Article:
This personal overview of the situation in different countries was followed by a civic sightseeing tour on “Shrinking civic spaces in Budapest” run by Daniel Dobrentey - a lawyer and political scientist from our partnering organization Hungarian Civil Liberties Union (TASZ). Guided by Daniel we were visiting a number of community centers, places of civic reunions and artistic initiatives which are successively disappearing from the map of Budapest in the last years. In all cases we could observe a certain pattern of political intentional, unlawful actions that prevent people to take independent, grassroots initiatives and lead to shutting down the civic spaces by the local government. The local administration clearly actively combats the critical standpoint and gatherings of alternative communities and social movements whose activity is the sign of still vibrant civil society in the capital city of Hungary.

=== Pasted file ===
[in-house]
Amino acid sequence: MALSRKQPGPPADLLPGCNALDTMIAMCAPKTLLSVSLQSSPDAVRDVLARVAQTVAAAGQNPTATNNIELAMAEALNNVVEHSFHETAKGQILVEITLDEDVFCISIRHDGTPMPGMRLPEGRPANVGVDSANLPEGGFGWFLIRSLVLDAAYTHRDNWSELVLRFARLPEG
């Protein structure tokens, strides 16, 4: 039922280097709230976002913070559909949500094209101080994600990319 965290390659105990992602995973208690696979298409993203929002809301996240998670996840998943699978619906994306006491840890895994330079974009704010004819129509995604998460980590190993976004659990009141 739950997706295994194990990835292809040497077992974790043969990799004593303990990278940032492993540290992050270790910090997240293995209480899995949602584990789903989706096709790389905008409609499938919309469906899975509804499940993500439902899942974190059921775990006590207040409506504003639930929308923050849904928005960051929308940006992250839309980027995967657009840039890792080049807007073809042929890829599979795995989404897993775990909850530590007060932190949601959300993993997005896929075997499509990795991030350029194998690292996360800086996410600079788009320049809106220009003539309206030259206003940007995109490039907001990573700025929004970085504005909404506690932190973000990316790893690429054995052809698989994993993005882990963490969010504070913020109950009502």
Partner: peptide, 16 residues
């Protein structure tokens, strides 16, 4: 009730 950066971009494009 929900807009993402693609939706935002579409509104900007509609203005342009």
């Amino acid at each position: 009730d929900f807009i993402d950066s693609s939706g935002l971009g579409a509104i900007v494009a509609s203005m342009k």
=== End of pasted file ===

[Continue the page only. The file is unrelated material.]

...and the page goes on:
Listen to Ádám Schöneberger from Aurora, a center for the independent civil and cultural scene in Budapest that Fidesz government has been trying to shut down.

During this tour  which happened one week before the local elections in Hungary, we also had the opportunity to visit the campaign center of the opposition coalition in the 8th district of Budapest. János Pálinkás, one of the EDN activist and active member of this opposition campaign in the district told us who are the coalition parties and stories of intimidation from the Viktor Orbán’s Fidesz local government to silence local opposition.

On Sunday 13th of October, the opposition pro-European centre-left candidate Gergely Karácsony won Budapest, a reward for the hard work and a sign of hope for János and his team!

Be a Mobile Activist!

The next day was dedicated to a training session on creating compelling video stories with our mobile phones. The workshop was conducted by Séverine Lenglet from the coordinating organization – Citizens For Europe –  and one of the activists participating in our programme – János Palinkas. During the session we have learned basics in film making and how to use filming and editing apps to create video content with our mobile phones. Our newly acquired knowledge about composition, shot patterns, different light and sound options was tested in practice while realizing our own video productions and creating short video stories in small teams.